Most national parks are hidden from plain sight. Seriously. You have to really notice them to know they exist. You may notice their large signs on roadsides. These signs are the entrance to something wonderful.
The Bonefish Pond National Park is spectacular. It’s a rather well-known spot to Bahamians. It was created to protect the last intact mangrove system in New Providence. A 600-foot boardwalk was built in this national park to allow you to experience this amazing system.
It was strategically constructed over the sensitive, muddy bottom seafloor. Without this boardwalk it would be difficult to observe the many birds, fish, and other critters that call this place home. It would be challenging (and mushy) to walk and access the wetland without disturbing the benthic zone.
It’s also a fantastic kayaking and paddle boarding spot. That’s when you truly get to experience the magnificence of this area.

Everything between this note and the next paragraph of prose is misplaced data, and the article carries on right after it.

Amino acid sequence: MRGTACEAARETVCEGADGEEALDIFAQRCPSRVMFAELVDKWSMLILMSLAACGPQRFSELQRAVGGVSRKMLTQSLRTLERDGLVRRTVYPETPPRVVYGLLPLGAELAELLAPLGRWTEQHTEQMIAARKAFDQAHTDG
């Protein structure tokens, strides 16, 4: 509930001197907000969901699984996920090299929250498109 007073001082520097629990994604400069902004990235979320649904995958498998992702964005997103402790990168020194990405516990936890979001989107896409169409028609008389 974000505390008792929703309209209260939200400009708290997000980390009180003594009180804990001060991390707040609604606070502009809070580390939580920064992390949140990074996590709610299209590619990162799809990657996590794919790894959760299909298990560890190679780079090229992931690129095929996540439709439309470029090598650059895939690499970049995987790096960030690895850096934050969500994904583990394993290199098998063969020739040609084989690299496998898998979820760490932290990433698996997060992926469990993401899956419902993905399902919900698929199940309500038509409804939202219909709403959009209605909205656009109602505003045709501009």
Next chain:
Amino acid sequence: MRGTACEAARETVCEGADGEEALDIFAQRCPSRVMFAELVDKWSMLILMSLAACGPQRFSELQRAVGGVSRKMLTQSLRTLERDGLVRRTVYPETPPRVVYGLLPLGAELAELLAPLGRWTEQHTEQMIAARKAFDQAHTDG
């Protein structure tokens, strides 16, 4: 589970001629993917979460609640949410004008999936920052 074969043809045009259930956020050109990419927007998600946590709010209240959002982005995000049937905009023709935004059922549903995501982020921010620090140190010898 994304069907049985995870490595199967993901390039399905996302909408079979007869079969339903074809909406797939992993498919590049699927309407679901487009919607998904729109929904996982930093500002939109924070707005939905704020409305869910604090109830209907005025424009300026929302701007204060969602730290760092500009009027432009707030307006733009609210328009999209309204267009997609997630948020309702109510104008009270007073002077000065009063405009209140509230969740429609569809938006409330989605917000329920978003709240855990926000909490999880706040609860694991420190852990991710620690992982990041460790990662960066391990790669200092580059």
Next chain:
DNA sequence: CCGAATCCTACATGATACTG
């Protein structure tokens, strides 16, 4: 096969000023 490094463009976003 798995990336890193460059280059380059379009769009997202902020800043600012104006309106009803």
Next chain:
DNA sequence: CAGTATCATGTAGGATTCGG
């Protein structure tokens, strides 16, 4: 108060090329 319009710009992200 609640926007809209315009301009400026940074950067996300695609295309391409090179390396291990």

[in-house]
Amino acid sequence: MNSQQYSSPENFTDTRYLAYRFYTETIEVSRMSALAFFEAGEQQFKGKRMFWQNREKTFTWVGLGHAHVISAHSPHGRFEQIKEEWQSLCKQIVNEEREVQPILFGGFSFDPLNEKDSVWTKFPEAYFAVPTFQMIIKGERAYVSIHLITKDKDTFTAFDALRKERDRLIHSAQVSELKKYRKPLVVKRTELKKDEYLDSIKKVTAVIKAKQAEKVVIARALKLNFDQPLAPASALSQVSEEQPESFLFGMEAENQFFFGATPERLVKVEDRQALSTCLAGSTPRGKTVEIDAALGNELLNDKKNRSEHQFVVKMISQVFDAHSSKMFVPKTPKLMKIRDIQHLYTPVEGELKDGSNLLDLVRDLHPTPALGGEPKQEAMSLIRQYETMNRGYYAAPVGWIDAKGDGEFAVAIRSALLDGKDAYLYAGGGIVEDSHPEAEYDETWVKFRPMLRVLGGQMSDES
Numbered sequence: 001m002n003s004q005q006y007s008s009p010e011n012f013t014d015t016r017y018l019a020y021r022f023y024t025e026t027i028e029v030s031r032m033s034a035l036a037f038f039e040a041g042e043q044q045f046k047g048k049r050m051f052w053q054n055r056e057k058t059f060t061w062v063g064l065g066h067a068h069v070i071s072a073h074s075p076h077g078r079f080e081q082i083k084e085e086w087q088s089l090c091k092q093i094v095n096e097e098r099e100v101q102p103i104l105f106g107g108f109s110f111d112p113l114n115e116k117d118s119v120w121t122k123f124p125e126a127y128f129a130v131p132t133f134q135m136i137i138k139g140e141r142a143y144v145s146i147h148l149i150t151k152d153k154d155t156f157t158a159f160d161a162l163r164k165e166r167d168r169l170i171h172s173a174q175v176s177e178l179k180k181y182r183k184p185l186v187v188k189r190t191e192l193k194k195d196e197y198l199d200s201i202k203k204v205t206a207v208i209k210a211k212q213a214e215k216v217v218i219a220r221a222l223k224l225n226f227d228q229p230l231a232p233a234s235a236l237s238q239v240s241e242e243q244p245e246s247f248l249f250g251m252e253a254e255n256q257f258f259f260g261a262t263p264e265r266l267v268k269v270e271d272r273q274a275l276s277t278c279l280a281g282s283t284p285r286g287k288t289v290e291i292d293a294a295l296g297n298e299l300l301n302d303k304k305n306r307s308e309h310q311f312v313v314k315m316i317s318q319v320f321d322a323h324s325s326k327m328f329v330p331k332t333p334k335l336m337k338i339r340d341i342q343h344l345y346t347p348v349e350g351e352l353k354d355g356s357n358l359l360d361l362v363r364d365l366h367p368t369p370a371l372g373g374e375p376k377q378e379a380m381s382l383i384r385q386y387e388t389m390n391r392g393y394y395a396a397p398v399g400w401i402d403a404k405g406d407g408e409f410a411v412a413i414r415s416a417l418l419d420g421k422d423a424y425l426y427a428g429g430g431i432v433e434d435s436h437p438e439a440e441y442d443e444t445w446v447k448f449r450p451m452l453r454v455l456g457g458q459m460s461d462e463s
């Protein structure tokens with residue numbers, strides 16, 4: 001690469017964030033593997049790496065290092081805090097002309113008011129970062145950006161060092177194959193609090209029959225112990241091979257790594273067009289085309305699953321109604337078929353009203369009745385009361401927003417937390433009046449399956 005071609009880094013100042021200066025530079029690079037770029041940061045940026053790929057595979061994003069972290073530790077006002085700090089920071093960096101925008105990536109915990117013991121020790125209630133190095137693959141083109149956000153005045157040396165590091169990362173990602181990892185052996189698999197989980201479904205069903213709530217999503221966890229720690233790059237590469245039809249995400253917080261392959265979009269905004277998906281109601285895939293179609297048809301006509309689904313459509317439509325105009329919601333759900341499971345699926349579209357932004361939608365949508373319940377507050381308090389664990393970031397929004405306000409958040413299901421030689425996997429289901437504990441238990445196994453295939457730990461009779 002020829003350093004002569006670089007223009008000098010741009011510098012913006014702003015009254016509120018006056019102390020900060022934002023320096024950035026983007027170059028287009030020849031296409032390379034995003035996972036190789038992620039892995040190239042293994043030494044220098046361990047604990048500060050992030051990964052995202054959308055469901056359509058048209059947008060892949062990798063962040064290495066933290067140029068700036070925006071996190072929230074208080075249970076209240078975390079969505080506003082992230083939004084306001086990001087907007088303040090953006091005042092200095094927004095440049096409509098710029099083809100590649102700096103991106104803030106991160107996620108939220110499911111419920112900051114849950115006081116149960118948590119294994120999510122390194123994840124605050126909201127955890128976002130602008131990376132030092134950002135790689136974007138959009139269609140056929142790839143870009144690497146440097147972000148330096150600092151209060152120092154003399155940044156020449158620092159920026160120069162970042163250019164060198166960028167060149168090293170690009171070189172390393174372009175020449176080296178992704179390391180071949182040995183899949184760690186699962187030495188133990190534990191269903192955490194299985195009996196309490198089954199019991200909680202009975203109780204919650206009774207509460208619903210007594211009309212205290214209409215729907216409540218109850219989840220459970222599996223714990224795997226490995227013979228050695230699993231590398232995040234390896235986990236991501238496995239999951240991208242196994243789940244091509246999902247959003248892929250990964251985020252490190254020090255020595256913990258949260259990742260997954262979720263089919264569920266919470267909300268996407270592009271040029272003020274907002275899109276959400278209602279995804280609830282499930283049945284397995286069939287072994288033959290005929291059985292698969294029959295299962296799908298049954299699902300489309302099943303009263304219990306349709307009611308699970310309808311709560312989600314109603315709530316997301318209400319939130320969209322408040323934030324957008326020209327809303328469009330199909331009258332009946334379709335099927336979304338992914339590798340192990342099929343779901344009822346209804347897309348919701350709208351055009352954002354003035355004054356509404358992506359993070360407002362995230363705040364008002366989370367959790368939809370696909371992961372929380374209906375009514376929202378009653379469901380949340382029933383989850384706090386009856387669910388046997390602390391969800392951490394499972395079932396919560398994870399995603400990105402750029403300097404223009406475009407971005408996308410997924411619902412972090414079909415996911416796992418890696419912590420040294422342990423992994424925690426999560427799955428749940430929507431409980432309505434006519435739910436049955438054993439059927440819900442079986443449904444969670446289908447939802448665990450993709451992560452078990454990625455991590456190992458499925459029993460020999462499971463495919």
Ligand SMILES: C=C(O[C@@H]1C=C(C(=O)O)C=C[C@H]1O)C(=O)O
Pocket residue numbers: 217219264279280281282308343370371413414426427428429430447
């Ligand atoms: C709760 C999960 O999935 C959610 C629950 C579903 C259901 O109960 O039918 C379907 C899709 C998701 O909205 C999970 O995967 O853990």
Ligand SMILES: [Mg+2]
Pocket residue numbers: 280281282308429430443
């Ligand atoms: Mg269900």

The Primeval Forest National Park is a geological and botanical gem, tucked away in Southwestern New Providence. The forest is filled with an array of native plants, mushrooms, ferns, dramatic sinkholes, and even marine fossils.
I’ve never met someone who visited this park and wasn’t blown away. The typical response is: “I didn’t even know all of this was right here!” This ancient hardwood forest, which is largely untouched by humans, is one of the best-preserved plots of old-growth woodland on the island.